The 365 Commitment

Objects of Symbolism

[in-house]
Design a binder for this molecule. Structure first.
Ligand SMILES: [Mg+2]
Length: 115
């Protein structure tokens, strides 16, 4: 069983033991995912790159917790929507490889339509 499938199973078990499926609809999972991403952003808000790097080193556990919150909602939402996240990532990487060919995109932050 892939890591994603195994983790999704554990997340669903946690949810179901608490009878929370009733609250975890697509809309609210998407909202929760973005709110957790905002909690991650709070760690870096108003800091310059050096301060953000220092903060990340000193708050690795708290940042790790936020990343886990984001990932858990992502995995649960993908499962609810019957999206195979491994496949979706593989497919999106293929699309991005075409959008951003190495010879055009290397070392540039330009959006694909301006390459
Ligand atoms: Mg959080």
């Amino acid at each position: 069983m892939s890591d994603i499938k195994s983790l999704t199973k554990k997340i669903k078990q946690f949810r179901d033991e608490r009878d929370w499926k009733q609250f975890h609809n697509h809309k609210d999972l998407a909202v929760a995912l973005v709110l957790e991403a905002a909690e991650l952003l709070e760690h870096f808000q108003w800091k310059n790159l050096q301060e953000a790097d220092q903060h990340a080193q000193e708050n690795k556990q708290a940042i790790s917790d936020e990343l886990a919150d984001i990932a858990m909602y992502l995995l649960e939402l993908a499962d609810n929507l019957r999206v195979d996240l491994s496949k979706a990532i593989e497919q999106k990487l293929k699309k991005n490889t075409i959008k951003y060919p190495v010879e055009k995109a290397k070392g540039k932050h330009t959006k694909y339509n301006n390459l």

My grandmother gave me this small book recently written by an author here is Southwestern Colorado. I read through the book and was fascinated about how this author and a team of investigators would try to unravel some interesting mysteries of early Colorado history. The main story was of Alfred Packer, knows as the Colorado Cannibal. Reportedly, he survived on the bodies of some travelling companions that had died trying to cross the rugged San Juan mountain range. There was a lot of suspicion regarding his changing stories when he arrived in Gunnison area after the Spring temperatures started to rise. They did a lot of site investigation digging up small objects where the bodies were recovered. Piecing things together, using modern scientific equipment and reading through trial testimony they started to put together a more accurate picture of what might have happened. In a weird coincidence, after reading through the book, I ran into the author in the grocery store. I guess that is life in a small midwestern town. Anyway, we had fun talking about the stories that small objects can really tell. Just look around your life now, you have inevitably collected an object two of significance. I have a small poker chip that my company gave away at a golf tournament several years ago. It was the last event that company would ever do. A small pocket held rosary that someone gave me at my Grandfather’s funeral. An old notebook that I kept in my teenage years is gathering dust next to a U.S. History book that was given to me as a gift from one of my favorite college professors. I could go on and on. Eventually we will pass on, and these objects that have so much meaning to us will be left for another to deal with. Some will rise to simulacra and become a family heirloom, others will get tossed into a refuse pile and make the way through the waste management process. These objects serve as external memory triggers for us, helping us recount stories from our past. I do not think we talk about them enough. They are the way people remember. You should take a child around the house and point out every object, how you got it, why you keep it. The simple and the mundane, the inspirational and the emotional. You will be surprised at how much you take for granted, and how much would be lost from memory if you dis not do your part in telling the story. Guy Reams
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